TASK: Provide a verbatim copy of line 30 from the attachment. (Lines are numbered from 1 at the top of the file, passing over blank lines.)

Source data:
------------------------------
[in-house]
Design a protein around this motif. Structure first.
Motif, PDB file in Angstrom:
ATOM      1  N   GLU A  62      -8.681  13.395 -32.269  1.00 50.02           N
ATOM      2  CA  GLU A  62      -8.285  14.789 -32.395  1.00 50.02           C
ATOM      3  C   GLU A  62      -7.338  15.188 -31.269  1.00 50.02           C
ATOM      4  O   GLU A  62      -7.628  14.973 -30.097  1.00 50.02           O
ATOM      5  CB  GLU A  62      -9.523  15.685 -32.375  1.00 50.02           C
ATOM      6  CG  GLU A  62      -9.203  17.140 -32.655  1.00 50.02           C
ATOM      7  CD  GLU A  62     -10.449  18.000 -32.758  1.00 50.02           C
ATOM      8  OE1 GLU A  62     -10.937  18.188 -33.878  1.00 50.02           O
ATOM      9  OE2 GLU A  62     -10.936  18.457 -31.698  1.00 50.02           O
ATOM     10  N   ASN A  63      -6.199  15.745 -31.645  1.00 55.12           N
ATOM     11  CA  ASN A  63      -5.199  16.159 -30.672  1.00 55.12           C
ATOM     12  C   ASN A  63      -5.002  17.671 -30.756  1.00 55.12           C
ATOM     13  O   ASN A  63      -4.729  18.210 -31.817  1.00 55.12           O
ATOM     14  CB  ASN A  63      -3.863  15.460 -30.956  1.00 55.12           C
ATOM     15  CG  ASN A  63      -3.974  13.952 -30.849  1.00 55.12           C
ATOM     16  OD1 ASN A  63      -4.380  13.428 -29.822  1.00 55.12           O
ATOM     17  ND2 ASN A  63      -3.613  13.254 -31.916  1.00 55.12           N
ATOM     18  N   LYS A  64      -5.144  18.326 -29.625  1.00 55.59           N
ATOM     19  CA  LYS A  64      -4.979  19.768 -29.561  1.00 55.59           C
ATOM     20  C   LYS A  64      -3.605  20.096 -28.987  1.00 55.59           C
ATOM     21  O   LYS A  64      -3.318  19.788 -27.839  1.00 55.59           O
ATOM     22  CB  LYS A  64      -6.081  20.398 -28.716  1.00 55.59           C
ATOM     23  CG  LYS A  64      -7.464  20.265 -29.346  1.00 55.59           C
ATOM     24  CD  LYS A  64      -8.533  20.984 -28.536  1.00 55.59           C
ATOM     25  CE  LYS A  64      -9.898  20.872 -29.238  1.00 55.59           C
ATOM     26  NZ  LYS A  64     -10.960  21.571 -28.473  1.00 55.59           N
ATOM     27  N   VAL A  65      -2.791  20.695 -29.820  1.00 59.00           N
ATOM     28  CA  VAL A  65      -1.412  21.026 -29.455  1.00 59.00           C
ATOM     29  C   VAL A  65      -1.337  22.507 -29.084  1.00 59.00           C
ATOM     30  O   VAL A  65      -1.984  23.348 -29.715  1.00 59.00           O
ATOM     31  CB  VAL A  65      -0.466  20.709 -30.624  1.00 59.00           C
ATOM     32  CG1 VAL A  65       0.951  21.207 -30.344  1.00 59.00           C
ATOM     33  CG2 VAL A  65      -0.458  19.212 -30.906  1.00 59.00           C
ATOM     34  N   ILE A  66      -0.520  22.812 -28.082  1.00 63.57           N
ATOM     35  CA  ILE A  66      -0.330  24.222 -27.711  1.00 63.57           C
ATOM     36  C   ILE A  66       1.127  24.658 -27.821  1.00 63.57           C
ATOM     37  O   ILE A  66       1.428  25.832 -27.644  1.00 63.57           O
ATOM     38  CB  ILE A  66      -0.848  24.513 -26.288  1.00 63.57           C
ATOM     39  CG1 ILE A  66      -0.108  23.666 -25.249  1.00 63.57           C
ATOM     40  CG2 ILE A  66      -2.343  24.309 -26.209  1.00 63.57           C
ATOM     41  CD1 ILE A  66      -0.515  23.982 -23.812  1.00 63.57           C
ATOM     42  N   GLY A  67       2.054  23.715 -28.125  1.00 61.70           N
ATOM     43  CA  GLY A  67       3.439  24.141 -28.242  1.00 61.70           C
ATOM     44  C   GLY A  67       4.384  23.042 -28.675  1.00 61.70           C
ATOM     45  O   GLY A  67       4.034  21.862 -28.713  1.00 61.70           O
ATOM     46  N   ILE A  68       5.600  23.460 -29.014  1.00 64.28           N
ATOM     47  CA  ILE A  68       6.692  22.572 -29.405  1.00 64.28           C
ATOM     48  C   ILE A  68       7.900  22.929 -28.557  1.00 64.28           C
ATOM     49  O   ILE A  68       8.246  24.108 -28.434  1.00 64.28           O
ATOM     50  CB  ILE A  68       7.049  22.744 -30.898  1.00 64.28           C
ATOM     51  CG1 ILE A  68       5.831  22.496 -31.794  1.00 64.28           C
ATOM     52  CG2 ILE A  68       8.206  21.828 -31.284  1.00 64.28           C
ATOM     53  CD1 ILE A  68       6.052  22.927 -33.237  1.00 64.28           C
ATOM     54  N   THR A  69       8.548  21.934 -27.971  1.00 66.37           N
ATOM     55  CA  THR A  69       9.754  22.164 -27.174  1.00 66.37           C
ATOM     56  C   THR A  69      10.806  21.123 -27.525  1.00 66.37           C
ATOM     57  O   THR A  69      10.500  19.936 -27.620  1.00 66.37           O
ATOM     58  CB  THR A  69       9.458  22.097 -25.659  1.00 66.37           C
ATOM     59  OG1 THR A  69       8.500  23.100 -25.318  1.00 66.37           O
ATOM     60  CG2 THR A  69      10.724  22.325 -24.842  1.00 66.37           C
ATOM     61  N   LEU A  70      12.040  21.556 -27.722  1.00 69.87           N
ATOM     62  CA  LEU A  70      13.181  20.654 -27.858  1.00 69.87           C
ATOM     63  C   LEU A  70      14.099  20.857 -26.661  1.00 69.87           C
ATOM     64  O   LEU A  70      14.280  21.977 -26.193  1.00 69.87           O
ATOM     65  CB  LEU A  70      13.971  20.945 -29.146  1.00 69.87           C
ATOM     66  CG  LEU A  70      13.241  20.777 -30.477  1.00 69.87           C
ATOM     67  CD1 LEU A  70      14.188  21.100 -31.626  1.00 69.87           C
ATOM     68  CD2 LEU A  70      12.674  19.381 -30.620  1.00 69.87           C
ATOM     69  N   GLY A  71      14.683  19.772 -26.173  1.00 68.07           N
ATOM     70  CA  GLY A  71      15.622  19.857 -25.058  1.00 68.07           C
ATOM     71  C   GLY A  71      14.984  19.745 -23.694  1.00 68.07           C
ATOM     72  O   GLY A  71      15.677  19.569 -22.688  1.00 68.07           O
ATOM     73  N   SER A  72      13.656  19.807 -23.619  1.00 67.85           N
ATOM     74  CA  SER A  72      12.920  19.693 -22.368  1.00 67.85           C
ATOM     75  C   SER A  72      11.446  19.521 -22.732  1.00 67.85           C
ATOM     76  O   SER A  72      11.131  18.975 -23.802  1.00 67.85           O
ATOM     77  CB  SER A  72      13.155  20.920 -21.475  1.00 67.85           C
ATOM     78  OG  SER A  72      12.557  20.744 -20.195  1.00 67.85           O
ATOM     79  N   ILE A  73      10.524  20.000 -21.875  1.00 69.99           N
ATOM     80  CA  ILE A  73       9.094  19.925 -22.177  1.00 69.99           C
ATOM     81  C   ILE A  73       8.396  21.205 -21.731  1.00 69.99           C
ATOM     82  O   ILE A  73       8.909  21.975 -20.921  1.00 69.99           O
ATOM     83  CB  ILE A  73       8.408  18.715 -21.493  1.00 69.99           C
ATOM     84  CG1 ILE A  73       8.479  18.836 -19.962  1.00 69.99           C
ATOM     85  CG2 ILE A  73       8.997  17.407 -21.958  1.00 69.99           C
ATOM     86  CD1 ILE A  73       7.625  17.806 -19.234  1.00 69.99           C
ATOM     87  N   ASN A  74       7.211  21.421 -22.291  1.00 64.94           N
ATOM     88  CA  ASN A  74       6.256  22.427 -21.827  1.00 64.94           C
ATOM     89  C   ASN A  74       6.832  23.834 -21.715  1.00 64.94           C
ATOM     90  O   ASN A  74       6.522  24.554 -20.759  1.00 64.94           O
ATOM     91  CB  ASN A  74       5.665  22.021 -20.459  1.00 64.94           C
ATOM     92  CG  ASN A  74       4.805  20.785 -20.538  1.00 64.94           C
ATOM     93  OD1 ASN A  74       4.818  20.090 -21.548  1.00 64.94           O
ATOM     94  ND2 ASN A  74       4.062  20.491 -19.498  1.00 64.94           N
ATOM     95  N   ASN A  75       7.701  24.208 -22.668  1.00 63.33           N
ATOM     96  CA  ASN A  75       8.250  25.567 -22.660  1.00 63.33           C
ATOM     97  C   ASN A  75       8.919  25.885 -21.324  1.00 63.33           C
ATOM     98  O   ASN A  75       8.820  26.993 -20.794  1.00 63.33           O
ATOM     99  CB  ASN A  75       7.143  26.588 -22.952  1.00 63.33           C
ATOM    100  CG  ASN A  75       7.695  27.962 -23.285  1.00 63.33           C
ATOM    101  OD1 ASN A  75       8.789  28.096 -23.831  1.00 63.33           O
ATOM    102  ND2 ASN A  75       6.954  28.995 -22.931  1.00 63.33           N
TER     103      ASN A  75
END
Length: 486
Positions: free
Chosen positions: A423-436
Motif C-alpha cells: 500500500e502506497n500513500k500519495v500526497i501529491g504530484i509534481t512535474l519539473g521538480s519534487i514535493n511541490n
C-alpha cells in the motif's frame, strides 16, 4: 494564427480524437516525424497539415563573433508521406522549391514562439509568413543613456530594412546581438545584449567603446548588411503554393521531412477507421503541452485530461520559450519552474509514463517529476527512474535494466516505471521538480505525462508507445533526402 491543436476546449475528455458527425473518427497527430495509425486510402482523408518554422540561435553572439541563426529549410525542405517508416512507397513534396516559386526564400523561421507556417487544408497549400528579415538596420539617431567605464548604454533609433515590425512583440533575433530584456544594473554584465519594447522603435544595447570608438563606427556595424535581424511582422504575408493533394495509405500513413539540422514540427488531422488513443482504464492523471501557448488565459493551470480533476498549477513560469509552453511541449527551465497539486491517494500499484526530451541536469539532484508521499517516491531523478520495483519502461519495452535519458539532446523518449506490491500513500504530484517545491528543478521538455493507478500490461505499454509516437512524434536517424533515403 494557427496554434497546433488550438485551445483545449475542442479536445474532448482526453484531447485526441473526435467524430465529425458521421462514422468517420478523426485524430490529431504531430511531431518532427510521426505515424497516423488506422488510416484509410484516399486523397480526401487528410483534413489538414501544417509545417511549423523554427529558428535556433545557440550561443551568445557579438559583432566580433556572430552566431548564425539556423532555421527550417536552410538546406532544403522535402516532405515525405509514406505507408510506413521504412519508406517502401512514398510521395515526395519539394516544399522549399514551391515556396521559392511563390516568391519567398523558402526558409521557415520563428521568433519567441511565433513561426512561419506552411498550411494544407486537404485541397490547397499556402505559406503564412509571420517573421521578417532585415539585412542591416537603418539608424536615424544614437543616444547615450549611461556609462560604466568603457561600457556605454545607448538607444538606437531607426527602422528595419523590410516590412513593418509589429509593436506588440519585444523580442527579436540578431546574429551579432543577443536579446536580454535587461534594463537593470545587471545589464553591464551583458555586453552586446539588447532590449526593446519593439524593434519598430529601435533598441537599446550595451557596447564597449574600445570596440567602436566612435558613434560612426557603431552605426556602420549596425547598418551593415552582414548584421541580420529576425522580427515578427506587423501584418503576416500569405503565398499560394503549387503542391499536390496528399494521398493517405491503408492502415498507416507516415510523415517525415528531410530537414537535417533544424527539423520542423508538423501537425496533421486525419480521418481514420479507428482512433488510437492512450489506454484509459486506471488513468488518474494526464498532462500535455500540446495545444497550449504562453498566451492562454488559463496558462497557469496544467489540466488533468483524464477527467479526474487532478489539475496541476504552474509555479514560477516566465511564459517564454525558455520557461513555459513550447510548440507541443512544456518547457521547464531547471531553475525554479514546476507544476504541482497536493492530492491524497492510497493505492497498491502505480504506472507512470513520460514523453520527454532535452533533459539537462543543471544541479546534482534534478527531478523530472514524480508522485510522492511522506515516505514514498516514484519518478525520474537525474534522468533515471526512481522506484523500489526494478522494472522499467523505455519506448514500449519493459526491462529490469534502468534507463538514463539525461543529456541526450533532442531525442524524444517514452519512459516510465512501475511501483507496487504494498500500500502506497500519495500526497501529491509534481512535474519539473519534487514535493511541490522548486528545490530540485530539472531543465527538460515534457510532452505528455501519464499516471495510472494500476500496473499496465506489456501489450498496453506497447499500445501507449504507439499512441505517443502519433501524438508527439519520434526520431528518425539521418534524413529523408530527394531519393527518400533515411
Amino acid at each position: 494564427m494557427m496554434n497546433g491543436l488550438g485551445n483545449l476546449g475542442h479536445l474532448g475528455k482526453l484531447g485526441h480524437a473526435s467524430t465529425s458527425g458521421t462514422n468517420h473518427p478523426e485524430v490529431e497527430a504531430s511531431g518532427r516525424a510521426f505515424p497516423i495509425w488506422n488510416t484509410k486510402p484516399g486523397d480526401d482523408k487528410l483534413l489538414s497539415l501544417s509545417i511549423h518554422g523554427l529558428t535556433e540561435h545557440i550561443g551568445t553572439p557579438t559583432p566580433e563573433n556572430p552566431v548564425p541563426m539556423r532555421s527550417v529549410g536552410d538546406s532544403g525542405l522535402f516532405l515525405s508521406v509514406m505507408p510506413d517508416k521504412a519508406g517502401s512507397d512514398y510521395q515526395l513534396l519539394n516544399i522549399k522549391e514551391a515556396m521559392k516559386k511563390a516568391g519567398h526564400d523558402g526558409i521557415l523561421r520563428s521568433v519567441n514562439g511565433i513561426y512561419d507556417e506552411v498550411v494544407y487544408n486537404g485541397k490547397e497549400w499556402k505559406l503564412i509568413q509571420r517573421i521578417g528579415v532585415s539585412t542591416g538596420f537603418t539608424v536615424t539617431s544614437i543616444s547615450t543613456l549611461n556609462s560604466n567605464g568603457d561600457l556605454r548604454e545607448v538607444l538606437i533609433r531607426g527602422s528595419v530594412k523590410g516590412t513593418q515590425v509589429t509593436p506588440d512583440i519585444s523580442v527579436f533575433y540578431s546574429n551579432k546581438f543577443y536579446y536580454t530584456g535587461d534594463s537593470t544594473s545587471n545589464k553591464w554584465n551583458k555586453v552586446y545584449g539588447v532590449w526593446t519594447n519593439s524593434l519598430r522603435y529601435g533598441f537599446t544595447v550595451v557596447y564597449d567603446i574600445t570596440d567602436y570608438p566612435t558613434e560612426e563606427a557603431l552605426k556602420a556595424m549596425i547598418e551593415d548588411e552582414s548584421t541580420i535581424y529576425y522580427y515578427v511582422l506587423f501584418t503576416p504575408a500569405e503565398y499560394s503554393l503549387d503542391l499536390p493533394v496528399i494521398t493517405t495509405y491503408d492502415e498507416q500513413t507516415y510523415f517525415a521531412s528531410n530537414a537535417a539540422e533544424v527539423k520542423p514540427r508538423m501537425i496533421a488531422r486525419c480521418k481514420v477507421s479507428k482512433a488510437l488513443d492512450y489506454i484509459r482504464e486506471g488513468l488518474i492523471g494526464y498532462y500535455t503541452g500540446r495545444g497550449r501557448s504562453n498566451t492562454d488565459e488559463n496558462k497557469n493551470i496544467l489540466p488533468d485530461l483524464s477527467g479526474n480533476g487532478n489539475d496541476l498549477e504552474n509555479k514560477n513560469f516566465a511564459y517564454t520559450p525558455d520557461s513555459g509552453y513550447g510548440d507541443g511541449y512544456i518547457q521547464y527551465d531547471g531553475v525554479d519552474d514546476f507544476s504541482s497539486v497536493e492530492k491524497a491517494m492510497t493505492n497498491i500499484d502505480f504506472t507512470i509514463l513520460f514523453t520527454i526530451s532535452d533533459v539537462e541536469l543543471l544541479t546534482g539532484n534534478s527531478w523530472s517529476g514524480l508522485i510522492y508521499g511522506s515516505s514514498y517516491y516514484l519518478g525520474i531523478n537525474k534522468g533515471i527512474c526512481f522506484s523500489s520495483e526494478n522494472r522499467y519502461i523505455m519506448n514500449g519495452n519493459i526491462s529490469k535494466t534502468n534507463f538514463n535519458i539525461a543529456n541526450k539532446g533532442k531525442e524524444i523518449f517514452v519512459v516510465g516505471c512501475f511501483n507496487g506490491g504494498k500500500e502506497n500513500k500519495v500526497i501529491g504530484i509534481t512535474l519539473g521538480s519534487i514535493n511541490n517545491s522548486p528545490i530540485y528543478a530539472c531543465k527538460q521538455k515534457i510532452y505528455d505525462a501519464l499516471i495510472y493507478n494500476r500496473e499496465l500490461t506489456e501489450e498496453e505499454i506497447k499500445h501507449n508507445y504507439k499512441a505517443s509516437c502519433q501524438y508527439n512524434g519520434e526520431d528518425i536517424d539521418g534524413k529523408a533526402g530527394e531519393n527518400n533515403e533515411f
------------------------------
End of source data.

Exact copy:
ATOM     27  N   VAL A  65      -2.791  20.695 -29.820  1.00 59.00           N